Digital Humanities & Research Software Engineering Summer Workshop
The Alan Turing Institute is pleased to announce registration is now open for the Digital Humanities & Research Software Engineering virtual summer school 26 - 30 July 2021, organised by Federico Nanni (The Alan Turing Institute), Mary Chester-Kadwell (University of Cambridge), Neil Jakeman (King's College London), Lucia Michelin (University of Edinburgh), Barbara McGillivray (University of Cambridge and The Alan Turing Institute).
The one-week summer school will involve 5 intensive training days where the learners have an opportunity to gain thorough understanding of the role of a Research Software Engineer in Digital Humanities research. This is an introductory course open to all (including postgraduate students, early career researchers, data scientists), and will require full time (8h/ day) or part time (4h/ day) remote attendance for a week in the UK timezone (BST) - see more below.
A day in the summer school
Morning lectures will introduce examples of research projects in Digital Humanities (DH) that have strongly benefitted from the contribution of Research Software Engineering (RSE) experts in the team. The afternoon sessions will consist of hands-on activities on the topics presented in the morning. Each day will finish with an open discussion with a speaker on their career in between RSE and Digital Humanities.
Please note you can apply either for the lectures only (theory) OR for both lectures and practicals (full experience of the summer school). You will have an option in the application form to select which of these you are interested in.
Day 1. Organised by: Turing Research Engineering Group (REG) & Living with Machines (LwM)
Opening talks by Barbara McGillivray on the challenges and prospects of the intersection of Humanities and Data Science at the Alan Turing Institute and on REG role in Living with Machines by Ruth Ahnert and David Beavan, PI and Co-I on the project. Afternoon activity on integrating Git-flow when collaboratively developing a Natural Language Processing (NLP) tool for Digital History in Python (by Federico Nanni, Kasra Hosseini and Mariona Coll Ardanuy). DH-RSE Stories by Giovanni Colavizza (previously at Turing Research Engineering Group and Living with Machines Co-I) on his career path back-and-forth between Digital Humanities and Software Engineering.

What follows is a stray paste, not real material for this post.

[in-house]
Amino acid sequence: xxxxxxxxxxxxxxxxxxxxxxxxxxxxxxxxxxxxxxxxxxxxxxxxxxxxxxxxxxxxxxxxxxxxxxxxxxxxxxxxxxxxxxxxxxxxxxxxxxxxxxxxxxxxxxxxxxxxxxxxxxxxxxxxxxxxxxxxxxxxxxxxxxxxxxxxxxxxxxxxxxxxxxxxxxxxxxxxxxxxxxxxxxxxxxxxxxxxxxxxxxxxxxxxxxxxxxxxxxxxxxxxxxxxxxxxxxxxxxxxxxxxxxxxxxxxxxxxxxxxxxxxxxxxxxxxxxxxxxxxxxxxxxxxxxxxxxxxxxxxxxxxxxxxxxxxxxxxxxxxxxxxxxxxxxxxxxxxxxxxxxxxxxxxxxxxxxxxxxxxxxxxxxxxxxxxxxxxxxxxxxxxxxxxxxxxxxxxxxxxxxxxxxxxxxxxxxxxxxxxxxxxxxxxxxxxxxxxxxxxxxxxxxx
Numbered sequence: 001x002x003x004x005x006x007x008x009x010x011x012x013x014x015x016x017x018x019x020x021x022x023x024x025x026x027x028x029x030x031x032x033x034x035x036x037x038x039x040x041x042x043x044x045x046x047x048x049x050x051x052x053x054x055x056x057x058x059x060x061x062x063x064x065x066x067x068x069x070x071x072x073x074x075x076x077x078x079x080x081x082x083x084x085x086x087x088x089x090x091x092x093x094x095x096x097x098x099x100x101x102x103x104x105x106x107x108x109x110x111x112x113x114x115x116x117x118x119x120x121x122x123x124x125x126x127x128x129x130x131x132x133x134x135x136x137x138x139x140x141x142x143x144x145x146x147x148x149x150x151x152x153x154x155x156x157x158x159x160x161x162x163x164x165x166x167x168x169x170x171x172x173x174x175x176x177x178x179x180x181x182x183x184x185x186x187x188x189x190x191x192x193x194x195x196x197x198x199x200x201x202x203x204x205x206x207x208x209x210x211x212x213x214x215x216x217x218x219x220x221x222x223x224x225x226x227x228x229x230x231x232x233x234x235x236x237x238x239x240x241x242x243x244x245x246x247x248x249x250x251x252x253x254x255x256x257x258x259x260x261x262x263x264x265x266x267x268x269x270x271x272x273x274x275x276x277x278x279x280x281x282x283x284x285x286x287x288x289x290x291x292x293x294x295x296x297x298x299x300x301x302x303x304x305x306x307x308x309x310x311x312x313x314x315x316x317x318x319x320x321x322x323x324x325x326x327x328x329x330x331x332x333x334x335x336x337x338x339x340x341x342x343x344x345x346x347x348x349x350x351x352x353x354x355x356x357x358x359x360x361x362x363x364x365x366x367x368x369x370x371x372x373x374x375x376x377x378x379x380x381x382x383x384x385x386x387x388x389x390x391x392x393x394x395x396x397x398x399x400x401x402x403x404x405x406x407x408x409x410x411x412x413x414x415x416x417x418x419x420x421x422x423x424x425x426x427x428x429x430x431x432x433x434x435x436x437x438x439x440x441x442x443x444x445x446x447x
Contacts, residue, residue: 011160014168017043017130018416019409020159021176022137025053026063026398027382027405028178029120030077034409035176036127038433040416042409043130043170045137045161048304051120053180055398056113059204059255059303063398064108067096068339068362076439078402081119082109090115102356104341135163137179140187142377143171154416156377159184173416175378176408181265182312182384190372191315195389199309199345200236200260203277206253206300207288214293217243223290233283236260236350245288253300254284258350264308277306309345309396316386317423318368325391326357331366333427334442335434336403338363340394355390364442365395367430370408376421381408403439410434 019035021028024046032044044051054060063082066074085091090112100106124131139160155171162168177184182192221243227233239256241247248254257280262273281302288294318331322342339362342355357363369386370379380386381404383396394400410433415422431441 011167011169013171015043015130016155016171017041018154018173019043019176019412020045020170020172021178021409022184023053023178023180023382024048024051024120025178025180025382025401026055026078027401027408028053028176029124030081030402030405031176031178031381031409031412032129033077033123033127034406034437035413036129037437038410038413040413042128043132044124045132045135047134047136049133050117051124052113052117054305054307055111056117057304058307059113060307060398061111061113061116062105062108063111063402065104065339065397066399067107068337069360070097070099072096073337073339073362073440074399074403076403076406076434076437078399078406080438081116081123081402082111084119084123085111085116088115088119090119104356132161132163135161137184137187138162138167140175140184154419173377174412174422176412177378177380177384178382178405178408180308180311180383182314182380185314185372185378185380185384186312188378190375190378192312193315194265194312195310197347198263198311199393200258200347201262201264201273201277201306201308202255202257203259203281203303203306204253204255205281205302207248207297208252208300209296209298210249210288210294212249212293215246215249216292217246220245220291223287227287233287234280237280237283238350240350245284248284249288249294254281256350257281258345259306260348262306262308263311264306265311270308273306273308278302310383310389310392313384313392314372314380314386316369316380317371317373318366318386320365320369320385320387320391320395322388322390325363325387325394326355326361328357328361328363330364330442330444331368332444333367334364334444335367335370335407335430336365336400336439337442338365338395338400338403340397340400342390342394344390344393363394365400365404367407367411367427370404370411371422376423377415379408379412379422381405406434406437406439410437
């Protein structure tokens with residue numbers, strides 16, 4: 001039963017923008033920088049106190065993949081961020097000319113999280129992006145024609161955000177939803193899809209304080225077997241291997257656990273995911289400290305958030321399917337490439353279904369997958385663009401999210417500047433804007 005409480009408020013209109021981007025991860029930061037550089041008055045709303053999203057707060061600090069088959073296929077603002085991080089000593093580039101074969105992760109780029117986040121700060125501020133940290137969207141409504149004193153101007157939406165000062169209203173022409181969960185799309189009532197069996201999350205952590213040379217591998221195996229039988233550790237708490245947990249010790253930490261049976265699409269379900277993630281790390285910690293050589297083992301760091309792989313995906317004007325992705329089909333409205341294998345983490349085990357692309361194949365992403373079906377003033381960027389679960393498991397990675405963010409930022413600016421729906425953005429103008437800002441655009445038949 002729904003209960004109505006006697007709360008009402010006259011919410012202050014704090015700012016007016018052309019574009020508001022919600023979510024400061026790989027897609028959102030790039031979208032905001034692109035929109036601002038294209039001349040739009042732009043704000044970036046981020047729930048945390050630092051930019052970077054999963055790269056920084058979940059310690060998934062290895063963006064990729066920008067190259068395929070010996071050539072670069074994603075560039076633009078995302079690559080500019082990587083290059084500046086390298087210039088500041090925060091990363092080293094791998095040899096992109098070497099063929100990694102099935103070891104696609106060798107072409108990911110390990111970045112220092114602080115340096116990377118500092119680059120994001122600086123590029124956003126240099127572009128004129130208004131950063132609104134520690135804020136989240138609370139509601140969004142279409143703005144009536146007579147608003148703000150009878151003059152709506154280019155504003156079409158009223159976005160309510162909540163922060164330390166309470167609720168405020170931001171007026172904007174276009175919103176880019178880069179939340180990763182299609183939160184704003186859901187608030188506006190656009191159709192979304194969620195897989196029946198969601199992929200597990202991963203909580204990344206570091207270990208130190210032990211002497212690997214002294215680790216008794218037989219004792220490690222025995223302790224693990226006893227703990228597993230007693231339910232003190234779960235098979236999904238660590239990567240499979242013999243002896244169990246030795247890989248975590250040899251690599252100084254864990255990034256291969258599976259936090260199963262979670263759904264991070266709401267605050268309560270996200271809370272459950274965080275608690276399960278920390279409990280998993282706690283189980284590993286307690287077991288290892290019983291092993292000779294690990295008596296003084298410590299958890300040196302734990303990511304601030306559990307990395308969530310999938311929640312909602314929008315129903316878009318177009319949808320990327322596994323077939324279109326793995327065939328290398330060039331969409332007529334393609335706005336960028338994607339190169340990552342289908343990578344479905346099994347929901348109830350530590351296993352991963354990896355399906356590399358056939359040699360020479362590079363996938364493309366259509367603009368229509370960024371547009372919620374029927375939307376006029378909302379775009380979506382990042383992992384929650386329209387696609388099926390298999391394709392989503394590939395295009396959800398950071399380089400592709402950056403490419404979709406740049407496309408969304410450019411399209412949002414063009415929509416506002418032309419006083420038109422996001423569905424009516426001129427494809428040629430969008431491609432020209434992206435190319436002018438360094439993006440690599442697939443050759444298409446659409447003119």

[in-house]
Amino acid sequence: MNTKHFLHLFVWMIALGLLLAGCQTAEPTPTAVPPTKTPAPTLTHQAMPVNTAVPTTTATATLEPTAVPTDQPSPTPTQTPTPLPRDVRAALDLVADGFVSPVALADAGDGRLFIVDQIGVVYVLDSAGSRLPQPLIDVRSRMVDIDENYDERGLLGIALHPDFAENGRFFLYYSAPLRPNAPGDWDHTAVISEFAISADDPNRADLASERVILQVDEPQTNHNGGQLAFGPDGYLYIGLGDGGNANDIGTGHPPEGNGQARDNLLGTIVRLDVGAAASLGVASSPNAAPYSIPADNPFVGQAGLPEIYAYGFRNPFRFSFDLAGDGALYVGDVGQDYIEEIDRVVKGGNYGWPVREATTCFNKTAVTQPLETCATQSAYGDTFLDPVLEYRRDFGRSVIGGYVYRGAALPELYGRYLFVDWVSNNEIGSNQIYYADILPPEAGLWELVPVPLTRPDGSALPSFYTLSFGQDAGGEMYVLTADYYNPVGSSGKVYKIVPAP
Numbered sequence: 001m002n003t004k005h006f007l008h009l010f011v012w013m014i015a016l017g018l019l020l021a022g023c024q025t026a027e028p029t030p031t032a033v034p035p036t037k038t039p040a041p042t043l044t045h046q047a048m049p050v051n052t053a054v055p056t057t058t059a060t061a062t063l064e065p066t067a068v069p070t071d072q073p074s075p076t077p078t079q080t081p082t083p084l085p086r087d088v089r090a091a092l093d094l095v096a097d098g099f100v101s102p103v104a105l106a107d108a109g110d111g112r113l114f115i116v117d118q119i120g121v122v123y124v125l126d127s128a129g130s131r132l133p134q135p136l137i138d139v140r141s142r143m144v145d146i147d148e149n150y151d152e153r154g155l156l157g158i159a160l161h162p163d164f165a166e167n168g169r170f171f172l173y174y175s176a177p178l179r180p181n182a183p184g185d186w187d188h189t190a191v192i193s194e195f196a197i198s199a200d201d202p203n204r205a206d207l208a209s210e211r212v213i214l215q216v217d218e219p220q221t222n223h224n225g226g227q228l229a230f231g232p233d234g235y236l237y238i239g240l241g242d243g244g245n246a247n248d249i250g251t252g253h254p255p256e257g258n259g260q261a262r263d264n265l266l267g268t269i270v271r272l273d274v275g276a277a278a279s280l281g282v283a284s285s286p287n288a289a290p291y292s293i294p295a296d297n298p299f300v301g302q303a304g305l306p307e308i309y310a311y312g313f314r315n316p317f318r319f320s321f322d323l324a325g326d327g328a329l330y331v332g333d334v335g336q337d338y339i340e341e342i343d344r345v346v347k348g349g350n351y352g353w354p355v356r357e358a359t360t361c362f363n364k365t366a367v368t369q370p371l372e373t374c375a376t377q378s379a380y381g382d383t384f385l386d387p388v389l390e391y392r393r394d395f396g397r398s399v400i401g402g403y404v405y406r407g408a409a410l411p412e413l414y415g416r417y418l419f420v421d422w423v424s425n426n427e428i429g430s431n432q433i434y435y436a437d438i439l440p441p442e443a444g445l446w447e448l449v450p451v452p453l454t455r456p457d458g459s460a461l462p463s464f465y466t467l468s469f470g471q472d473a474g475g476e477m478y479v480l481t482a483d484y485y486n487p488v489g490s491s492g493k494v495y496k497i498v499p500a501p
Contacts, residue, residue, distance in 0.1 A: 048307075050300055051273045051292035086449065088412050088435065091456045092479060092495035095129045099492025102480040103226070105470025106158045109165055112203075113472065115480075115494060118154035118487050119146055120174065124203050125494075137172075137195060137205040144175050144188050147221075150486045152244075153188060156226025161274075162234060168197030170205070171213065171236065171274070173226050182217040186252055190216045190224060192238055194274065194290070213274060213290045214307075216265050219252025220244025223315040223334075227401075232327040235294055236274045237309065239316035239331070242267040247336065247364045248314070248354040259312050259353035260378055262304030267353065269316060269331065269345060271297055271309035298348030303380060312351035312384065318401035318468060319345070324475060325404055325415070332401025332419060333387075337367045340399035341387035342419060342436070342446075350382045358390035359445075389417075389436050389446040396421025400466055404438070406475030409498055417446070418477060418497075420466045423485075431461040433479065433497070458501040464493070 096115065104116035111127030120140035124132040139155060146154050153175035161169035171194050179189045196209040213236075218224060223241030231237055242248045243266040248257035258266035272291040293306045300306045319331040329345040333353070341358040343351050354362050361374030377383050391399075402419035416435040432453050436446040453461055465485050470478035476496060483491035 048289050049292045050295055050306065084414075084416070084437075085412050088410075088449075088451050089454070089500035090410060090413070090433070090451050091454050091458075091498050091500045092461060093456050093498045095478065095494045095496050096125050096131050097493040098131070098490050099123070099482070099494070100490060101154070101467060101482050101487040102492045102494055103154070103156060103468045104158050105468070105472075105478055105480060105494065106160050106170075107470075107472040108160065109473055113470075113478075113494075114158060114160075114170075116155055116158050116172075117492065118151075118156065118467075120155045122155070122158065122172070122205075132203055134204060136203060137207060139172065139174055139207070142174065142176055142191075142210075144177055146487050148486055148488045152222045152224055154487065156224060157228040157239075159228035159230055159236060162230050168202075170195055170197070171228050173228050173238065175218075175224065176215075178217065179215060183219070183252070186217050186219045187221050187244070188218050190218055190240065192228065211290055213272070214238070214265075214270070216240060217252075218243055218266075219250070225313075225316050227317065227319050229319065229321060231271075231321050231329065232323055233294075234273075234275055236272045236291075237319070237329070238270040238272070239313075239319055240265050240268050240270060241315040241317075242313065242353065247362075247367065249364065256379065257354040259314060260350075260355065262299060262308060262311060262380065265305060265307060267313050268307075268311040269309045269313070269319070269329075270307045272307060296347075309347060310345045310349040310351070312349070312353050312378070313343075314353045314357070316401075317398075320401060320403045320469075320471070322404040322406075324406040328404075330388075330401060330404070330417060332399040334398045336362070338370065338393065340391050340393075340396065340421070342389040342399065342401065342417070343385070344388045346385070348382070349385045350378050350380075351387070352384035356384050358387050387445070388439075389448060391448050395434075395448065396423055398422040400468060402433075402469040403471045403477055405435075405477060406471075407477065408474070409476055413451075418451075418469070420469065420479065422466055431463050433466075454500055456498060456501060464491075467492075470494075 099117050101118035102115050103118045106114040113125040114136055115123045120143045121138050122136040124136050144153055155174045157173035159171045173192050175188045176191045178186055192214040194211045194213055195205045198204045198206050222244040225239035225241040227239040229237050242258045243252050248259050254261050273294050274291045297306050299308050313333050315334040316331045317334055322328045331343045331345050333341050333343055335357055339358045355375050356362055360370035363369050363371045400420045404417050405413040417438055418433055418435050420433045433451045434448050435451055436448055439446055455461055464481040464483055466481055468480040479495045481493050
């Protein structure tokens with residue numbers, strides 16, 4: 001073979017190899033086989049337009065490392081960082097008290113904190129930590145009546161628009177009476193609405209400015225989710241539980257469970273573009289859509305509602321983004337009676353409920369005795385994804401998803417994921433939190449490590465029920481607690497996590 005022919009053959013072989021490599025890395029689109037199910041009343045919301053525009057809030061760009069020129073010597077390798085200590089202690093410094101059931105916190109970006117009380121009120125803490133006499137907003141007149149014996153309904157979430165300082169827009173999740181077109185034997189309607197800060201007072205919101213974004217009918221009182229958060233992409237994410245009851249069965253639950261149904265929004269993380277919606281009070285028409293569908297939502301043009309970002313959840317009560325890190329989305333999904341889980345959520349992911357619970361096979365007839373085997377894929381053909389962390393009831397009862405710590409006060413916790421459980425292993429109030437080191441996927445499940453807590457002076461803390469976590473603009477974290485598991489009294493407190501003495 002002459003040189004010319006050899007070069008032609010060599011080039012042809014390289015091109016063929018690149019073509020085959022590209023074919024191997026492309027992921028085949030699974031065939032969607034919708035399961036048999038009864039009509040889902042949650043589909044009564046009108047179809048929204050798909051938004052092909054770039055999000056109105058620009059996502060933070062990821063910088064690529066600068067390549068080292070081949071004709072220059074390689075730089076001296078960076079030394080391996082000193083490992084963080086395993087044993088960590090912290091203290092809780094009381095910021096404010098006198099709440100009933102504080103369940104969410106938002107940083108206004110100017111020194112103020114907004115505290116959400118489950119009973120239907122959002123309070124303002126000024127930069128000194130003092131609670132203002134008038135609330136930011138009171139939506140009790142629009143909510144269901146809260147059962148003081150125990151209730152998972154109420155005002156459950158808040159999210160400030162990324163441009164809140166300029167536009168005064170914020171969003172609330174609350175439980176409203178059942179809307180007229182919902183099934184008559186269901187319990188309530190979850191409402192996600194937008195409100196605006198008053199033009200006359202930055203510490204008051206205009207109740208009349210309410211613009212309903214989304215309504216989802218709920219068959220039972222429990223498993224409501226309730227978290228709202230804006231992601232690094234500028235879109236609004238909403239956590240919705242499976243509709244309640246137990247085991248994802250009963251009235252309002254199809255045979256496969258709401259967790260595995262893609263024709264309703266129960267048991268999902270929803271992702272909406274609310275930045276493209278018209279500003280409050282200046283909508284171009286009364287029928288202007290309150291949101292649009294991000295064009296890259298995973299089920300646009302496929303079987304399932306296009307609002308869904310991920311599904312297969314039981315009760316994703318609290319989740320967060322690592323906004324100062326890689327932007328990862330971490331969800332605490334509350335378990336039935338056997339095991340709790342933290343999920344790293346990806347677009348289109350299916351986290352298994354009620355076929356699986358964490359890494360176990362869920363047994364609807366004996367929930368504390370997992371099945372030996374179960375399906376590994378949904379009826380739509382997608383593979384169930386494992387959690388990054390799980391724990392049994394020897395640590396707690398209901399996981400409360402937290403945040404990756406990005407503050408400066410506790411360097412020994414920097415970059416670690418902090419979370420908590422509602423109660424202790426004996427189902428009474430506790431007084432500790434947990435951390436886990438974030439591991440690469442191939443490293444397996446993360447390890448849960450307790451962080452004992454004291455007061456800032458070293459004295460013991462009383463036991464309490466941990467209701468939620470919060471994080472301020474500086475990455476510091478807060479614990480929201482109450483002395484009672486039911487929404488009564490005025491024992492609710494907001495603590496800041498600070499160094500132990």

Day 2. Organised by: Cambridge Digital Humanities (CDH)
Best practices in coding for humanities research to make code more open, reproducible and sustainable. Morning talks on recent DH projects in Cambridge where research software has been integral to research outputs. Coding activity in Python on organising and evolving code projects for usability, re-use and automation. DH-RSE Stories by Mary-Chester Kadwell on the 'coding journey' that individuals take as they go through their careers: developing individuals and code in tandem.
Day 3. Organised by: Edinburgh Centre for Data, Culture & Society (CDCS)
Present your result efficiently: using code for data visualisation in humanities and social science. Best practices and pathways to generate more informative, reusable and open visualisations of your datasets. The day starts with a keynote on “Data Visualization: From Exploration to Storytelling to Participation” by Benjamin Bach. The activity is offered in R - participants are not required to have knowledge of it - it is part of the training activity to experience working on a project in a non-familiar programming language. In parallel to the R-tutorial, we run a hands-on tutorial on network visualization using vistorian.net. DH-RSE Stories by Lucy Havens.
Day 4. Organised by: Kings Digital Lab (KDL)
A Sustainable Software Development Lifecycle (SDLC) model for RSE. The morning session will look at case studies and introduce the SDLC, with contributions from other members of the Lab. The afternoon will be delivered in medium length sessions which apply SDLC principles to hypothetical research project scenarios, working in groups to refine requirements and priorities, and to plan a digital strategy. Presented by Neil Jakeman and Ginestra Ferraro.
Day 5. Organised by: The Turing Humanities & Data Science Interest Group (H&DS)
Opening talks by Dave De Roure and Jane Winters on current and future landscape in UK and beyond for DH&RSE. Coding activity by Federico Nanni and Sarah Gibson on using MyBinder for research reproducibility in digital humanities contexts. DH-RSE Stories by Olivia Vane and summer school wrap-up by Federico Nanni.